LEGENDS OF KANSAS

 

History, Tales, and Destinations in the Land of Ahs

 

Columbia - A Ghost Town Story

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By Diana Staresinic-Deane

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Freighter

Crossing the prairie, photo by W.D. Harper

 

 

Traveling over the prairie without a road, save a dim wagon track in the grass, through a county as yet unnamed and over the divide between two nameless creeks, we were all watching to see the Neosho timber.

 

-- John Van Gundy, Reminiscences of Frontier Life on the Upper Neosho in 1855 and 1856

 

 

 

 

“Do you think this might be it?” I asked my husband, Jim, as we drove down Road M. We were in search of the remnants of Columbia, a ghost town documented in Daniel C. Fitzgerald’s Ghost Towns of Kansas: 6. Other than the wooded area along the Cottonwood River, which we were about to cross, we were surrounded by nothing but acres and acres of farmland. But, if we had correctly interpreted the various descriptions from early Lyon County residents, then we were about to drive past the ghost of one of the county’s oldest towns.

 

In the mid-1800s, the only white residents in this part of the country were (supposed to be) missionaries and government-licensed traders along the wagon trails. Lyon County's earliest settlers were no different. The first official U.S. citizen to find his way to the area was Charles Withington, who in 1854 set up shop at what would become the town of Allen on the Santa Fe Trail, which rolled through the northern portion of the county. The next major stop along the trail was Council Grove, where an entire government settlement of shops and services existed as a last stop for travelers on their way to New Mexico. The rest of the area’s inhabitants lived on the Kaw or Sac and Fox reservations.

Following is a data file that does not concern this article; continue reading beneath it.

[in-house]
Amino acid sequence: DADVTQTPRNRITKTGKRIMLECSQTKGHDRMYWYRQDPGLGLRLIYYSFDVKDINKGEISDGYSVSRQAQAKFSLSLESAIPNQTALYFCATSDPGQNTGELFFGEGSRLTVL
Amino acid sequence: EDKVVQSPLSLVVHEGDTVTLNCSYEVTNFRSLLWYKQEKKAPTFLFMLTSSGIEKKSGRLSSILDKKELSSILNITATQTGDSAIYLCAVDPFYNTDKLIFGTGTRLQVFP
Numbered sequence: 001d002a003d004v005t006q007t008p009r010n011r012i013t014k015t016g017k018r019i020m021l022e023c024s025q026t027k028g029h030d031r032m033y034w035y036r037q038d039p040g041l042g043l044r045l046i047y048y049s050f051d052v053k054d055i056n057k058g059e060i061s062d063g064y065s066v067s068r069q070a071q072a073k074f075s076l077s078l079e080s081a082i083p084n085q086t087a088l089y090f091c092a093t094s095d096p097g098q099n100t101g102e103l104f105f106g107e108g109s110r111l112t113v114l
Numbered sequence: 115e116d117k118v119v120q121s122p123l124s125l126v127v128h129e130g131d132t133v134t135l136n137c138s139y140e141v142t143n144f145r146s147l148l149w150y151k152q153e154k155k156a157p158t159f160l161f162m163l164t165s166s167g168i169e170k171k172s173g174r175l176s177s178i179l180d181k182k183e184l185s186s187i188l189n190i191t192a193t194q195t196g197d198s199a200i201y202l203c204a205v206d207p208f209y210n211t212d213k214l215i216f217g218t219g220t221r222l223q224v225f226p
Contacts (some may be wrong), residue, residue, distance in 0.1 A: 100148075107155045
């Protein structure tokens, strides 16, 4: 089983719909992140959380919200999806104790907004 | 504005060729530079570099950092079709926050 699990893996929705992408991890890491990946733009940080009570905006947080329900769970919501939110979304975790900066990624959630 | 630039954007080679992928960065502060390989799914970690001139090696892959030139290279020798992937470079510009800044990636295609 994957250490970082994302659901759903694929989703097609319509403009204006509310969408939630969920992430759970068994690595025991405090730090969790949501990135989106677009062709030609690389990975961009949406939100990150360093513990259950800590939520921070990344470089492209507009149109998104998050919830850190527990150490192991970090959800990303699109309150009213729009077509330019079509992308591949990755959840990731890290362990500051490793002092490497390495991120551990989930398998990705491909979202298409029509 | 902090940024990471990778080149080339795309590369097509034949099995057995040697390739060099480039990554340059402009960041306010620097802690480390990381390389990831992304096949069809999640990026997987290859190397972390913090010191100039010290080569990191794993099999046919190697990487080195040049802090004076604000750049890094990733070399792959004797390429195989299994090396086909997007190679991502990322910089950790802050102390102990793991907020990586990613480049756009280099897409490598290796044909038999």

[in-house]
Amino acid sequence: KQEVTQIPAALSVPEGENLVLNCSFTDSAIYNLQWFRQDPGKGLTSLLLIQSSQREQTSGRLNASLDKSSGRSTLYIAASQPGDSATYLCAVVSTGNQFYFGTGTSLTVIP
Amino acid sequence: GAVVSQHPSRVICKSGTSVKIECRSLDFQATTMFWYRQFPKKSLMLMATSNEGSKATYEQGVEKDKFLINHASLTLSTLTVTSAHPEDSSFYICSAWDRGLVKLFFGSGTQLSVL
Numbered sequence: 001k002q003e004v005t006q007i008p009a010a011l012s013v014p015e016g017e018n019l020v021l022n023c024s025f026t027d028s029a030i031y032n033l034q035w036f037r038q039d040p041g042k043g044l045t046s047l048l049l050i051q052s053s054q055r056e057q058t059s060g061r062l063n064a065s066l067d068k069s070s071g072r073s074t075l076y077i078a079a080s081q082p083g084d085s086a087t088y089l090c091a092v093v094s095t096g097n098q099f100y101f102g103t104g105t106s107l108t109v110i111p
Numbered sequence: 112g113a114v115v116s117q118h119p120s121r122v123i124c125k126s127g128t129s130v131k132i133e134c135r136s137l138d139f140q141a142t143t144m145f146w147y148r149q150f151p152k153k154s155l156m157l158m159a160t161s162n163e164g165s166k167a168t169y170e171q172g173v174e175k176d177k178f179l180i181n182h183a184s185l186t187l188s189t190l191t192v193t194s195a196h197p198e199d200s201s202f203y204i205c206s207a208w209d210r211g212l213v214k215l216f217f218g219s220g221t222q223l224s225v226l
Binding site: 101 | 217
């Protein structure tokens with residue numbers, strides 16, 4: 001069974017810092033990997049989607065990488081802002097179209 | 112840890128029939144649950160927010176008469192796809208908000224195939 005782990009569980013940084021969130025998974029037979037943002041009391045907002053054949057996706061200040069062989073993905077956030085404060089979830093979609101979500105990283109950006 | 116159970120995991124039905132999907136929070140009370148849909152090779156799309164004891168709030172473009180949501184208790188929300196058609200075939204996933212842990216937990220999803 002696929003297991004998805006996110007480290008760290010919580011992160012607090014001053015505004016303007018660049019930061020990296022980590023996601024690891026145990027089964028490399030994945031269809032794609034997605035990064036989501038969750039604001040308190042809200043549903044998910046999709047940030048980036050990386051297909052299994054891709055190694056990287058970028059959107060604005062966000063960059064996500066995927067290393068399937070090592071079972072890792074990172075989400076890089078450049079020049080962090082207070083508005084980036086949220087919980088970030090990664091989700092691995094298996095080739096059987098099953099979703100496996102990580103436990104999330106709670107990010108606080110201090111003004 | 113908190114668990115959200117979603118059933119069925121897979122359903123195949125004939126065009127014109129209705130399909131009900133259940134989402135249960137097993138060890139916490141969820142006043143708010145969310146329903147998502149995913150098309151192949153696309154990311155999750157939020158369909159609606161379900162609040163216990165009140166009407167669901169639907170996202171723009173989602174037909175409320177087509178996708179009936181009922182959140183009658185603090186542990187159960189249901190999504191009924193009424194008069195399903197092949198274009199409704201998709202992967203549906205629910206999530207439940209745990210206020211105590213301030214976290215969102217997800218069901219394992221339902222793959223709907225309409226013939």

Then the Kansas-Nebraska Act changed everything.

As the
Kansas border was opened up to white settlers, Withington and some of Council Grove'ss merchants and missionaries – T.S. Huffaker, Seth M. Hays, Goodson Simcock, and Christopher Columbia (and some sources say William T. Harris) – saw an opportunity to claim their own land and set up shop in present-day Lyon County, which was then two counties: Breckenridge County to the north, and Madison County to the south. (The dividing line for anyone familiar with Emporia was Logan Avenue, just a block north of the David Traylor Zoo.)

 

In 1855, these men set up a little cluster of buildings that included lodgings, supplies, and a blacksmith near a river crossing at what is now Section 23 in Township 19S, Range 11E. Only the the sections weren’t so clearly marked back then because they were not officially surveyed until 1857. Columbia was officially in Madison County, which would only exist for a few more years.


“The best that one could do then was to guess off a quarter section of land in a desirable spot and mark it out large enough to be sure of a good portion of the land embraced in the description. Even then, it would be likely to happen that the claimant’s cabin would finally be in one section and his well in another; or, there might be two or three cabins in the same quarter section.”  -- John Van Gundy, Reminiscences of Frontier Life on the Upper Neosho in 1855 and 1856